Zelda by En Voyage Perfumes
Zelda by En Voyage Perfumes
EnVoyage is a niche label created by perfumer Shelley Waddington. Her scents get a fair amount of attention from perfume blogs, but I probably wouldn’t have found her otherwise. Zelda is the newest EnVoyage release, inspired by Zelda Fitzgerald.
YUM. Love it love it love it. This smells - and looks - like something you might find at an estate sale. However, Zelda is both dated and contemporary at the same time. It has a distinctive vintage aesthetic, which is to say that Zelda is meant to be noticed and appreciated. It also has many notes in common with perfumes created in the 1920s. On the other hand, Zelda wasn’t actually created in the 1920s. It’s not wedded to a particular era like, say, a classic Guerlain.
The opening is sharp and spicy. It’s a big cloud of green citrus that is unlike anything meant to be sprayed on a paper test strip in Sephora today. After that burns off, Zelda almost disappears for a few minutes. The heart notes begin as a mild nutty floral and gather strength over an our or so into a magnolia-honey-coconut-smoke dream. The sillage is perfect; the best of any perfume I’ve tested in the past two years (108 and counting). It’s light-but-present and smells even better than a close-up sniff of my wrist. This stage reminds me a tiny bit of Estee Lauder Bronze Goddess only more robust and less beachy. Despite the kind of tropical magnolia/coconut combination, Zelda doesn’t contain any minerals or aquatic notes. It’s an art deco garden rather than a beach.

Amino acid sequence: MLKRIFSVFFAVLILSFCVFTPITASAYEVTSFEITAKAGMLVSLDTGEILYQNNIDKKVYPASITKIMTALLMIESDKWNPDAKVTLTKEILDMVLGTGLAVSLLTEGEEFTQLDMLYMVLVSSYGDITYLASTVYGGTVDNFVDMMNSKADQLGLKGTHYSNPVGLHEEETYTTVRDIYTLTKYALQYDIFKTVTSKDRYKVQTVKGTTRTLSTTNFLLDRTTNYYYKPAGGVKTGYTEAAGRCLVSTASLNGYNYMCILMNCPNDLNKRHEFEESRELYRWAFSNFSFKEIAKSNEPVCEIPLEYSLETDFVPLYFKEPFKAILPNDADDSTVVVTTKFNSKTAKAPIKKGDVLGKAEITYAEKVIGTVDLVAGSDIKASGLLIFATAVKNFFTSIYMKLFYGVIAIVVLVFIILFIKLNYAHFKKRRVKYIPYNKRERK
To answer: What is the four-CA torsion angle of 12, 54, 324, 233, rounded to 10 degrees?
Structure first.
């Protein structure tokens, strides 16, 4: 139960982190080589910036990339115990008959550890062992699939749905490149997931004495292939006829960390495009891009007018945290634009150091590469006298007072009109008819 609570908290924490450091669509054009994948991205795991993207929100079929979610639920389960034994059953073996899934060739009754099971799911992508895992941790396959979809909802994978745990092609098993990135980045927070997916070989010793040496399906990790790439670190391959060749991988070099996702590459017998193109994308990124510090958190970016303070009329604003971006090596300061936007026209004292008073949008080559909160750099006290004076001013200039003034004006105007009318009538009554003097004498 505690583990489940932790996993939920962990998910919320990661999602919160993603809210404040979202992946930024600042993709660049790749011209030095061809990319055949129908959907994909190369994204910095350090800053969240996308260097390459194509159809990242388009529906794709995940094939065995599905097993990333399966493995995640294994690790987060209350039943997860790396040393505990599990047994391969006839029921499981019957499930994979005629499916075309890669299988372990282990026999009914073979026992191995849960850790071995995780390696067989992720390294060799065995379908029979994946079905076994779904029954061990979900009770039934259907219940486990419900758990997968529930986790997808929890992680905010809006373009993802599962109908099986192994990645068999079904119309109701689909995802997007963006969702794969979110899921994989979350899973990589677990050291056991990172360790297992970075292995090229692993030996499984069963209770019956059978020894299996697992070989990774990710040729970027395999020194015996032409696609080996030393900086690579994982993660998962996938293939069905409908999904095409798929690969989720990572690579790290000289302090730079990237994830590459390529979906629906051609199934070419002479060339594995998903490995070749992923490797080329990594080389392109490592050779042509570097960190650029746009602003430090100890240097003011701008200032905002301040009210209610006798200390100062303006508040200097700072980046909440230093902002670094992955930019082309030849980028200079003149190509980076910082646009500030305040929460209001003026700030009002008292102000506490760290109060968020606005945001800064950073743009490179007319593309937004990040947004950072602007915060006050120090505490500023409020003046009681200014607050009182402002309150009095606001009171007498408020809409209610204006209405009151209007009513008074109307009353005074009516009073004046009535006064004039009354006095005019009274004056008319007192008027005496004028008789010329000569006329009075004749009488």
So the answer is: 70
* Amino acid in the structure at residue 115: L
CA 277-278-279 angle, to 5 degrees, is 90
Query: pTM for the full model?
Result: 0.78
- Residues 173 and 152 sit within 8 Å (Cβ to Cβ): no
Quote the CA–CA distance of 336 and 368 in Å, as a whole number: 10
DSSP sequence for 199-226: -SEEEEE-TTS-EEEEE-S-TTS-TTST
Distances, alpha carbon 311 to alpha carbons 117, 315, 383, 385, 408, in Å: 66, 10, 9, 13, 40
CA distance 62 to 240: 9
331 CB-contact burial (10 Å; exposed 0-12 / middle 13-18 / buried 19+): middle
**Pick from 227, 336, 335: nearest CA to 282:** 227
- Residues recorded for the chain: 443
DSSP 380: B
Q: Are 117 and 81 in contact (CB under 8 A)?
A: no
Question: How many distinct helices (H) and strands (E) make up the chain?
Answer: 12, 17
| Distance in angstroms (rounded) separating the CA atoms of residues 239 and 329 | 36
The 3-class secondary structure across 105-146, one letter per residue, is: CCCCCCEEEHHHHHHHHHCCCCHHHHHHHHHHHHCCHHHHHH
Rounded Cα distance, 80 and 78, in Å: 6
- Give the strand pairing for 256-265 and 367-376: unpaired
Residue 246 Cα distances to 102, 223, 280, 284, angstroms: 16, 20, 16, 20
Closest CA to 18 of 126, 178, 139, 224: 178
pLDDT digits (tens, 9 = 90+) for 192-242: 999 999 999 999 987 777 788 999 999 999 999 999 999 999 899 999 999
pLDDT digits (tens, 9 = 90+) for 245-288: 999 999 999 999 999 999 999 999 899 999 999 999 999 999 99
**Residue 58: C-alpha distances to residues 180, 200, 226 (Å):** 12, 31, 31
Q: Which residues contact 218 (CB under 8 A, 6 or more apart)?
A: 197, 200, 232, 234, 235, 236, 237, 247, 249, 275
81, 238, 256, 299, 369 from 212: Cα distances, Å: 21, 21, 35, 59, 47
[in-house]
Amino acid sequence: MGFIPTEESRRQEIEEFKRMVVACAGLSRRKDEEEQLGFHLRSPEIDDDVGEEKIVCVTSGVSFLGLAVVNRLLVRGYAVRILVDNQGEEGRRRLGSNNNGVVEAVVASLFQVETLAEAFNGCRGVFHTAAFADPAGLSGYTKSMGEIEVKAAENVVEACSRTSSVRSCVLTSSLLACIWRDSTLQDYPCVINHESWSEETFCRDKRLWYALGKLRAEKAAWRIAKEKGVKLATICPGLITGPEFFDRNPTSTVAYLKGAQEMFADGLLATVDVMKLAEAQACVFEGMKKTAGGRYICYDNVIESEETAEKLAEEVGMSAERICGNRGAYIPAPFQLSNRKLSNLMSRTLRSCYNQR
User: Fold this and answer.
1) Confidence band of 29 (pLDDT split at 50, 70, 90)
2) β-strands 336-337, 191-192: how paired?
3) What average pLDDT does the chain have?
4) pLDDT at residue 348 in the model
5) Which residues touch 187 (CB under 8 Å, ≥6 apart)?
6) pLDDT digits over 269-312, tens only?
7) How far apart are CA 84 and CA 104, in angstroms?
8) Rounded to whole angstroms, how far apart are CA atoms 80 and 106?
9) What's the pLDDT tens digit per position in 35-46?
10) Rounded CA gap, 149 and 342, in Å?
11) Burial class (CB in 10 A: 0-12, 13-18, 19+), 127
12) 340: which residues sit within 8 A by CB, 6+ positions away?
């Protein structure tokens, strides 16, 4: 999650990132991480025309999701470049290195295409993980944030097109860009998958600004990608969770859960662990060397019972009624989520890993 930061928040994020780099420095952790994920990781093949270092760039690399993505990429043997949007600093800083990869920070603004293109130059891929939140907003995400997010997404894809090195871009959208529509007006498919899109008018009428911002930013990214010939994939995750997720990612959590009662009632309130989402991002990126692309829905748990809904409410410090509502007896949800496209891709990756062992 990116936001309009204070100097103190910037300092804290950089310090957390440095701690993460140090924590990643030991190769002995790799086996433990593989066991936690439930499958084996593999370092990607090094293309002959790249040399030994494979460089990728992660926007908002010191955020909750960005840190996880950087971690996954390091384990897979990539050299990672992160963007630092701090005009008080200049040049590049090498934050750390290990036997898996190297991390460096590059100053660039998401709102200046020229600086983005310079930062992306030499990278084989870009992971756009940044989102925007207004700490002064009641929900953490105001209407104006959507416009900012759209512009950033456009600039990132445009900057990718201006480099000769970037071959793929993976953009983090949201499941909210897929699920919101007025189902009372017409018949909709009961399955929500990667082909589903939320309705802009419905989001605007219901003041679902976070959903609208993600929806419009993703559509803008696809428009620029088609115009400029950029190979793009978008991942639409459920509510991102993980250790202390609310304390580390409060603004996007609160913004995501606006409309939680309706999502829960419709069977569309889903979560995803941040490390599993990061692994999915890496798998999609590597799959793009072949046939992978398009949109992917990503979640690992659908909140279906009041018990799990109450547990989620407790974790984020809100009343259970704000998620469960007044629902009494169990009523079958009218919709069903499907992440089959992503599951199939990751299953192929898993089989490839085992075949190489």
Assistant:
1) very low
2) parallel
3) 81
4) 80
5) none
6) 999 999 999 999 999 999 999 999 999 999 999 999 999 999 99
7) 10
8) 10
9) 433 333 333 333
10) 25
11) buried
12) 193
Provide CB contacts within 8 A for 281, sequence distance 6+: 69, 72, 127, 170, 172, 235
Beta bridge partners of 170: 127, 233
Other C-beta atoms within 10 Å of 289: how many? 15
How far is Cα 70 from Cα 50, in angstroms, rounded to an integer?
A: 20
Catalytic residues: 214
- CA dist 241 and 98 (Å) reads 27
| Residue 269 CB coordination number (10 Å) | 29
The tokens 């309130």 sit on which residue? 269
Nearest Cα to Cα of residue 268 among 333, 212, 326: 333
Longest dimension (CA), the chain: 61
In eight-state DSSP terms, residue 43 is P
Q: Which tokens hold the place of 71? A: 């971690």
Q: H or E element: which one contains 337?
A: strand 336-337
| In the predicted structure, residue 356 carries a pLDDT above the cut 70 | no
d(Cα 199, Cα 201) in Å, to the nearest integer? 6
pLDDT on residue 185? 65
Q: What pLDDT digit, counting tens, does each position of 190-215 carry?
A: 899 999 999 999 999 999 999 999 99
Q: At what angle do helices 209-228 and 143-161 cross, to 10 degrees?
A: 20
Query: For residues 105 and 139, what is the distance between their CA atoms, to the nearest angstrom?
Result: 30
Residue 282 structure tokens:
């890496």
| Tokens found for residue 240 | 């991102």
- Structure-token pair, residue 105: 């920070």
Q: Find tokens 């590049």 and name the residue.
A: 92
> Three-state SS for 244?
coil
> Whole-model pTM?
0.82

I thought I would be disappointed to observe the middle stage wearing away, but no. The base notes feel vintage-inspired, but not oppressive or dusty. I get vanillic amber, sweet grassy tobacco (vetiver?) and some nutty woods. And more magnolia. I’ve read a couple of reviews that describe the magnolia in Zelda as “waxy” and even though that sounds kind of disgusting, it’s totally appropriate. This is not the dewy, sweaty magnolia of L’Instant de Guerlain. It’s velvety and dry while retaining all of the creaminess that makes magnolia so wonderful.
This is basically a fall-over-dead gorgeous fragrance. The promotional blurb calls it “jazzy” and I completely, completely agree. Zelda is multifaceted and evocative. In addition to the fact that it smells fucking fantastic, Zelda also takes risks with some unique vintage ingredients. I really can’t say enough good things.
My one - I hesitate to call this a criticism - my one less-than-100%-positive comment is on the bottle size. Zelda is only available in 0.6 oz (for $75). The price point is fine and I’m glad that 0.6 is available because I could use more of these smaller bottles for scents I wear sporadically, but Zelda is not a scent I want to wear sporadically. I wish it came in 1 oz or even like a 1.7 or 3.4 so I could spritz with a little more abandon. I don’t believe in one perfume to rule them all (the “signature scent” school of fragrance thought), but if I had to pick just one, I wouldn’t hesitate before choosing Zelda.
You can (and should) order a sample from the EnVoyage website.